Archive for June, 2015

From Amanda Patterson over at  Writers Write 

Do you have blogger’s block?

Even creative people get stuck when they’re trying to come up with ideas for a blog post. I thought I would put together a list of possible topics to inspire you. These are based on some of our blog posts at Writers Write and others I’ve enjoyed reading on the Internet.
Whether you blog daily, three times a week, or once a week, I hope that one of these are just what you need to break your blogger’s block.

 

 

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Another excellent article over at  ABC Copywriting by Tom Albrighton 8 June 2015 Copywriting, Tone of voice

You read with your eyes, and listen with your ears. But researchers have found that, when people read, they actually hear the sound of the words in their heads. So you read with your ears too, in a sense.

If that’s the case, the rhythm of your copy is a crucial part of its impact. If what you’re saying doesn’t ‘sound’ right to the reader, how likely are they to do what you want?

Animal_drums_2011To some extent, rhythm is one of those writing skills that just has to be learned over time. Through reading (any reading), practice and careful listening (of which more later), you learn to sense the pace and cadence of your words – and, more importantly, how to improve it.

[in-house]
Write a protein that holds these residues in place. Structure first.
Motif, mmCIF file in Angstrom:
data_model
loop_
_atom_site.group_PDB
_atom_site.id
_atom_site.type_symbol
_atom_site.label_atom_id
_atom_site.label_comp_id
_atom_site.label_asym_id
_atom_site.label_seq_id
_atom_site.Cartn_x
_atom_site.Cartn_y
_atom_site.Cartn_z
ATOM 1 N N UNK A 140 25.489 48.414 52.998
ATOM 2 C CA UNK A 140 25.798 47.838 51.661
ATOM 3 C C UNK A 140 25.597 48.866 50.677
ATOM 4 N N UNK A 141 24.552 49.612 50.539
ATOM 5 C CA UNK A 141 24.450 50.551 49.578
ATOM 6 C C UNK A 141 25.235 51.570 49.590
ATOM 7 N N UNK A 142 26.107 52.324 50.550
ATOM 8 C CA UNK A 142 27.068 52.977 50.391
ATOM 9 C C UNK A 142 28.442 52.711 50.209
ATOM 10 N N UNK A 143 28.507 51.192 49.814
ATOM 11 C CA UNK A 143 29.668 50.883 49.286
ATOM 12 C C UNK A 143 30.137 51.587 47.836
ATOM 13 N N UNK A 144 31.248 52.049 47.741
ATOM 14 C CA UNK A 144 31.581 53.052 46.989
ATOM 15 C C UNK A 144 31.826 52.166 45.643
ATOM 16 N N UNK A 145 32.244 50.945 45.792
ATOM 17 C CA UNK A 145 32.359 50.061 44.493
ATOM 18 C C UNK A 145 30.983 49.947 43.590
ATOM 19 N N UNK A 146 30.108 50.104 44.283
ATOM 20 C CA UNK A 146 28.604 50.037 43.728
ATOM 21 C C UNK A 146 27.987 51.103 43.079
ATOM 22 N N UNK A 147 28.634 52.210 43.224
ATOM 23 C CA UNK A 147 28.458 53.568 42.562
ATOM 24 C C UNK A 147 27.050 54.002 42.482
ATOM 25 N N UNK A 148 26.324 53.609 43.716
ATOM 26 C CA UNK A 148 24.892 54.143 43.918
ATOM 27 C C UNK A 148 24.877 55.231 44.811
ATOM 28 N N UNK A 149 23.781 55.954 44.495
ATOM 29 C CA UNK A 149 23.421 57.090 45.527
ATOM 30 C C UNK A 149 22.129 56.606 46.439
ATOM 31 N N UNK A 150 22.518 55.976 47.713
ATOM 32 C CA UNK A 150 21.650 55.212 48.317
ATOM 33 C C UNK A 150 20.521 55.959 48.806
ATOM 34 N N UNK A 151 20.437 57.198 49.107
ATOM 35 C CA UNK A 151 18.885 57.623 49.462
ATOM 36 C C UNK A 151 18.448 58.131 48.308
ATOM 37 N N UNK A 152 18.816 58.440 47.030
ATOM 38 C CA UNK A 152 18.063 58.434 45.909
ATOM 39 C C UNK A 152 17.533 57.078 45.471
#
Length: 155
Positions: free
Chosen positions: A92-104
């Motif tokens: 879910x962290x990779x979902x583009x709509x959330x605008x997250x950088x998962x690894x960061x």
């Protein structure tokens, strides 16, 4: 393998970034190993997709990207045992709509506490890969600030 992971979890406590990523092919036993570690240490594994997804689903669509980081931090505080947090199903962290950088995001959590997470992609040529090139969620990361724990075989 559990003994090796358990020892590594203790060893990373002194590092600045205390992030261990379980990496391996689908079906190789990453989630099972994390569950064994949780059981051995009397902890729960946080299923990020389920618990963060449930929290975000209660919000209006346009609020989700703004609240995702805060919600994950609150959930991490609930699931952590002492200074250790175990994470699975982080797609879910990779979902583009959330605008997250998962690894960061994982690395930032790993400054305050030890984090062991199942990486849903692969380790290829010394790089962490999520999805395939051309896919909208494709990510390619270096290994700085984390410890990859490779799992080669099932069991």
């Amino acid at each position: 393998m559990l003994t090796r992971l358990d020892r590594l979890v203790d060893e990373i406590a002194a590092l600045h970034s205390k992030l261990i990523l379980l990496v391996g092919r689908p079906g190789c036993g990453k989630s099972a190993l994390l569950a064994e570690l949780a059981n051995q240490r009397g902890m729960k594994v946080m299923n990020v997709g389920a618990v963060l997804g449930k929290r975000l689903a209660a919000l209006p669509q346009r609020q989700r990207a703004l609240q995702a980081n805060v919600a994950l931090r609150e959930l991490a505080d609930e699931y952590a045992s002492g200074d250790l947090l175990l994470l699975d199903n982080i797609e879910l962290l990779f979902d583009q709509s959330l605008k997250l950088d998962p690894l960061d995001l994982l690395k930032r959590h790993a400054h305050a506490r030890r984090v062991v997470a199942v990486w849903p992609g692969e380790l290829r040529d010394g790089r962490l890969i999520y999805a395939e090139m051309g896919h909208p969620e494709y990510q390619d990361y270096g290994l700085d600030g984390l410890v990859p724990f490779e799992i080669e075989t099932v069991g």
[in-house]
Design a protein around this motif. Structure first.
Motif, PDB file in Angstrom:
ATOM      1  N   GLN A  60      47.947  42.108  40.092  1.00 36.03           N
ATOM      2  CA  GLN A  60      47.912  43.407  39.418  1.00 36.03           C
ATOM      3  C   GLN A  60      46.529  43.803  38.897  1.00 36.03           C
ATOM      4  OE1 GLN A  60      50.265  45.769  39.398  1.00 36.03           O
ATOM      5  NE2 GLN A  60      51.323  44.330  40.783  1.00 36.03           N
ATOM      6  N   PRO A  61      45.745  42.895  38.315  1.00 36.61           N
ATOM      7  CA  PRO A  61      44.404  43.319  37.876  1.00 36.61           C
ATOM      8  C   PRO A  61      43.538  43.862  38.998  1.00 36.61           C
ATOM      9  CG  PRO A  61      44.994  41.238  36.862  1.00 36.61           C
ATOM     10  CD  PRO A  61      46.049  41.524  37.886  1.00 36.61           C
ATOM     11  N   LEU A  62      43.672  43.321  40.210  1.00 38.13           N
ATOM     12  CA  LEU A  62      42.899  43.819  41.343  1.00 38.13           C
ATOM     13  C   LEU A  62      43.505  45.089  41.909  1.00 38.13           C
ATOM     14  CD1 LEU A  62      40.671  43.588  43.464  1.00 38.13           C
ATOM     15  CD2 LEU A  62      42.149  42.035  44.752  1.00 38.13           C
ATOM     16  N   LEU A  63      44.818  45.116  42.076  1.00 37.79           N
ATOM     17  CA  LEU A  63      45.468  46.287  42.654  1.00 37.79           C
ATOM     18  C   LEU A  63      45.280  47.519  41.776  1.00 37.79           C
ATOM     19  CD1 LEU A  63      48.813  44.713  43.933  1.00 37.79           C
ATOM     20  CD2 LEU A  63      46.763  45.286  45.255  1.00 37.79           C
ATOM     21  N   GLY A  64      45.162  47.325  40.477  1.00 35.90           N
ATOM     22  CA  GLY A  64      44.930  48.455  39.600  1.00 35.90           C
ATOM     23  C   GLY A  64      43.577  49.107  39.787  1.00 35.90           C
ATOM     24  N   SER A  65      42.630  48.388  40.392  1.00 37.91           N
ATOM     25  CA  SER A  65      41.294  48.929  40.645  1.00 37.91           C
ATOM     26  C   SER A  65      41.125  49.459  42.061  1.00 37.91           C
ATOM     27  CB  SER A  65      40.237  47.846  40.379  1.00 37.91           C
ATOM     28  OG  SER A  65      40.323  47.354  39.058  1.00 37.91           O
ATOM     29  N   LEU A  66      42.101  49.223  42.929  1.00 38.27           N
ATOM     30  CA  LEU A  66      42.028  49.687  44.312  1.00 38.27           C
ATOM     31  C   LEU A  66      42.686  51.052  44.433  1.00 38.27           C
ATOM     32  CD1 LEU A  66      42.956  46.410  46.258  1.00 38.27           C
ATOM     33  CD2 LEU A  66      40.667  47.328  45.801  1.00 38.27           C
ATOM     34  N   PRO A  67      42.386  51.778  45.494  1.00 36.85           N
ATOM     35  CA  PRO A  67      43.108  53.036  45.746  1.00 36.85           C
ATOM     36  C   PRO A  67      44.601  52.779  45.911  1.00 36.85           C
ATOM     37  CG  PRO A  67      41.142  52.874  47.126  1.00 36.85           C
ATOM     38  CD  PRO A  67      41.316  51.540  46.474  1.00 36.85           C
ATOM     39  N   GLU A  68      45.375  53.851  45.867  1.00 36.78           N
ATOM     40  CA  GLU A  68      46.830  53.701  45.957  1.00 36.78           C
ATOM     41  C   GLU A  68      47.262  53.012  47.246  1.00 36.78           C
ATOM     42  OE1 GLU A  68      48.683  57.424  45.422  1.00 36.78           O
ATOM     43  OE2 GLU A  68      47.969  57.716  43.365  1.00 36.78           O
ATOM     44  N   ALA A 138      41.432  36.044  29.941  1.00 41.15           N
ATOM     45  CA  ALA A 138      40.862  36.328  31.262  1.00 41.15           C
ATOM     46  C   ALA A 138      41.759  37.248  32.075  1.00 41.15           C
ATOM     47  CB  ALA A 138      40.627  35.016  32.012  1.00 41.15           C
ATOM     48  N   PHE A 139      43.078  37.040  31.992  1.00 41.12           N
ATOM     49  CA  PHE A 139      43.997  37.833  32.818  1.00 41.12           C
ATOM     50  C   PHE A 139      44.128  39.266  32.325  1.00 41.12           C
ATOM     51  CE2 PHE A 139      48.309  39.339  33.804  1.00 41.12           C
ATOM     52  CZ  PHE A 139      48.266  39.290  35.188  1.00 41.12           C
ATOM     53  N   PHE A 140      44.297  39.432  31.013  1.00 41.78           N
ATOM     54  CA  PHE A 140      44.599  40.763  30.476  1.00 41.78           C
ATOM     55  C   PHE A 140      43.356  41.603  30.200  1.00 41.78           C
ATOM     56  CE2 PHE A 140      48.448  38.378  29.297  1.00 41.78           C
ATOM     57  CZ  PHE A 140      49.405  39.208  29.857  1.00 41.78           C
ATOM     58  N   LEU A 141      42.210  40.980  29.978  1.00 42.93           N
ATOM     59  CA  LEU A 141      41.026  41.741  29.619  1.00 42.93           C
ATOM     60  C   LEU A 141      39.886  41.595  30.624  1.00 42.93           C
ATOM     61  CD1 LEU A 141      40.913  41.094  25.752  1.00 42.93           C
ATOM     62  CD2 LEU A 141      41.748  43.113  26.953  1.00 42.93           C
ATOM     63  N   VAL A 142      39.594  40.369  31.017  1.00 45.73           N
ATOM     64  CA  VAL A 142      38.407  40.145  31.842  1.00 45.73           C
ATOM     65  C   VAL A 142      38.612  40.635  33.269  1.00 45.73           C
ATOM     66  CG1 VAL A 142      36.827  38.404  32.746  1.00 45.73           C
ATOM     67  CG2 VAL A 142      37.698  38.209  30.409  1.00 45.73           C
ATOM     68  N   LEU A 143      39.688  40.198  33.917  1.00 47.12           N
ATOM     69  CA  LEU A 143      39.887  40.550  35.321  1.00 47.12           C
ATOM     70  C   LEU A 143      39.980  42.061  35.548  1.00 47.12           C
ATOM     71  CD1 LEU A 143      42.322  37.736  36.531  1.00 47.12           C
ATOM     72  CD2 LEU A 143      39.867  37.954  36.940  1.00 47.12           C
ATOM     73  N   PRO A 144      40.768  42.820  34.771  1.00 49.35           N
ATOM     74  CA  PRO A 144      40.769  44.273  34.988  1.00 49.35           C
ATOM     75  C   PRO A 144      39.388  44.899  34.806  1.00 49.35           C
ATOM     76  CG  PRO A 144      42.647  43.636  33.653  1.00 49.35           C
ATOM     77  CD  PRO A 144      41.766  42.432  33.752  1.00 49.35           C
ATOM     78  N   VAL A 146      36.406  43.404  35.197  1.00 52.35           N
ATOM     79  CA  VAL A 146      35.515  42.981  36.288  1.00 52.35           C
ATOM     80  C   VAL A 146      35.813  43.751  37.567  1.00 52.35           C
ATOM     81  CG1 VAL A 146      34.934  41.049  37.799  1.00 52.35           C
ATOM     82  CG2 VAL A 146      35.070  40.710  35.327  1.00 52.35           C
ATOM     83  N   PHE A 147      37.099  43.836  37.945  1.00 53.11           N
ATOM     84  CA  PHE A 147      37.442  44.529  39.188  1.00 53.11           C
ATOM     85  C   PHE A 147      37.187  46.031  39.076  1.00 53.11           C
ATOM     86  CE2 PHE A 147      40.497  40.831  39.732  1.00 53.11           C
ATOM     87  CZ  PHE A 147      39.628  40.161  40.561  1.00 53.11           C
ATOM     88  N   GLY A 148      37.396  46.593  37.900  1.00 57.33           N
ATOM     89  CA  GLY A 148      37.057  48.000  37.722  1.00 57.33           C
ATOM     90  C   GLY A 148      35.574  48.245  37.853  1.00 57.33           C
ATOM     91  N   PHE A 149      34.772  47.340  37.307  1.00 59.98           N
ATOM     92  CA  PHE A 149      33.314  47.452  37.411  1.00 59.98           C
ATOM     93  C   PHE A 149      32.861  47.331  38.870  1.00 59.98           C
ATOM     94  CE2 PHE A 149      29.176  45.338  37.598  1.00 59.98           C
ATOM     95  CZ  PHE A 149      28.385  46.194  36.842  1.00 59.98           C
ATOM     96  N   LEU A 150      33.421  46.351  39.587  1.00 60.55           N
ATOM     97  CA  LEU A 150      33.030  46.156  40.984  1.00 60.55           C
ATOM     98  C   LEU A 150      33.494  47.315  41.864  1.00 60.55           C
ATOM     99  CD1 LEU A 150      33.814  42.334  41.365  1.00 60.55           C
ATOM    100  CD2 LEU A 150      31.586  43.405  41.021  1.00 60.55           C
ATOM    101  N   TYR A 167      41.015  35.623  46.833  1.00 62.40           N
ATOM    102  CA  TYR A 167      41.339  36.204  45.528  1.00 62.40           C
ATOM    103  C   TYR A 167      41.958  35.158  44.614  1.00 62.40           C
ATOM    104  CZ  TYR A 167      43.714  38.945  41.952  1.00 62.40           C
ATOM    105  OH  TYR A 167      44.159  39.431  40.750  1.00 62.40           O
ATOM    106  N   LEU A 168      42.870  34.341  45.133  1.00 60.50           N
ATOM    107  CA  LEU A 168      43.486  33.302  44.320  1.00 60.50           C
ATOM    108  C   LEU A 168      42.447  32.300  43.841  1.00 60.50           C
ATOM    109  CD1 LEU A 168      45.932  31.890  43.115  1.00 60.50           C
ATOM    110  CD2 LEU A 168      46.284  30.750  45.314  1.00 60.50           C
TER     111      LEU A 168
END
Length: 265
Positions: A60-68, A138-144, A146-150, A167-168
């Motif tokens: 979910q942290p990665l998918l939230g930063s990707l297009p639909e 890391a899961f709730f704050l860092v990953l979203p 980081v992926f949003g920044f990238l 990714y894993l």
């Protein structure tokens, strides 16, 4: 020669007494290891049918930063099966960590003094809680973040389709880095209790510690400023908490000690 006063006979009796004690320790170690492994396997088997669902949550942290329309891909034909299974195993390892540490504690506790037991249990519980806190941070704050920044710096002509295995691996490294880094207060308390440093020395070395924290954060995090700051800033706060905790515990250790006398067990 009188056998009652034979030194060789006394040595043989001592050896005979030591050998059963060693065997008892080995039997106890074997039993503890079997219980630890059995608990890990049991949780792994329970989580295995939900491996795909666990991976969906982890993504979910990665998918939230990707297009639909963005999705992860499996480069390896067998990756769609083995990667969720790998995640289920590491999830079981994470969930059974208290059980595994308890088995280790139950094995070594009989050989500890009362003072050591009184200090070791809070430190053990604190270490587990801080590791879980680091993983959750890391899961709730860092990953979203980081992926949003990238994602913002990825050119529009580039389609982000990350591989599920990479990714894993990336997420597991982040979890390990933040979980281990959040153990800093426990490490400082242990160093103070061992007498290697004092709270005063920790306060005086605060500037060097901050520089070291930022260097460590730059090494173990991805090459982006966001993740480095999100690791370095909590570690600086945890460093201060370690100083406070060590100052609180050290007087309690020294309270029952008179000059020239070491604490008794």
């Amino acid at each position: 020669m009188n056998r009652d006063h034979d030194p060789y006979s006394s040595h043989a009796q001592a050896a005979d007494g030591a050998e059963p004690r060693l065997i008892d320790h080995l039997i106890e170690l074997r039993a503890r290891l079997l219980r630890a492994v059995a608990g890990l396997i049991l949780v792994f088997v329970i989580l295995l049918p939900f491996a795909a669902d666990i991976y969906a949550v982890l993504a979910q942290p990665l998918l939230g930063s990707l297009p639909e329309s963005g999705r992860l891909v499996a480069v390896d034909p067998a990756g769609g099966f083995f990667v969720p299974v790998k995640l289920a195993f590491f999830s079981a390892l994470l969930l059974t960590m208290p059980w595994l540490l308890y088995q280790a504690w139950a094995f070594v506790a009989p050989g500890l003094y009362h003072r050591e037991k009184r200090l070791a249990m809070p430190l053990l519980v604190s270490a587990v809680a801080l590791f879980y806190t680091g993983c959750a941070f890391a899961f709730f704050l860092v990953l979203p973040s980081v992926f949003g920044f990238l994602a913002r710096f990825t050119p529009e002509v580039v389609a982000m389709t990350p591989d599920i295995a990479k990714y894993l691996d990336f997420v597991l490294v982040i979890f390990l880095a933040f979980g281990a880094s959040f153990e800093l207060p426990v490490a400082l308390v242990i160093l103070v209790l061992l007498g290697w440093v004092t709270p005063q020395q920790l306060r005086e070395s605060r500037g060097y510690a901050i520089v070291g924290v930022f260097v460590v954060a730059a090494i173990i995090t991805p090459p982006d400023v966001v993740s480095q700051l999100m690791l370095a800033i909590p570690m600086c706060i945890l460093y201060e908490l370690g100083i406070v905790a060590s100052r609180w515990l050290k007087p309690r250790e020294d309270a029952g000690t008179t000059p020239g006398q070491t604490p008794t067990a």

For me, rhythm usually comes at the editing phase, not the first draft. I get the ideas down first, regardless of how gauche or grunty they sound, then go back and try to sculpt them into something more graceful. Of course, your mileage may vary. Maybe you put things like ‘[and one more]’ or ‘bom-tidde-pom’ as placeholders in your first draft, and hang your meaning on that rhythmic framework later on.

Once you got rhythm, don’t expect many compliments about it. Unless you’re deliberately aiming for an arrhythmic effect, the right rhythm will probably just sound natural and flowing, without drawing attention to itself. Actually, I think this is probably one of the aspects that clients are unconsciously responding to when they say work sounds ‘professional’, ‘punchy’ or just ‘good’. Conversely, the most irksome direct amends are often those that mess up the rhythmic flow.

Read the rest of this article over at  ABC Copywriting

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An excellent article over at  ABC Copywriting by Tom Albrighton

In a recent post, I noted that the term ‘storytelling’ is being applied to more and more types of content, not all of them proper stories. On top of that, there’s often an over-emphasis on the channels and media used for storytelling at the expense of the stories themselves. But all that begs the question: what does make a good story?

This post draws on academic research into political storytelling, and other sources, to argue that the most effective commercial stories share seven closely related characteristics: drama, familiarity, simplicity, immersion, relatability, agency and trust in the teller. (Discussion continues below infographic.)

What really makes a good story? (Infographic)

 

Drama

Stories need dramatic development and emotional dynamics. Taking out the ‘bad bits’ damages trust.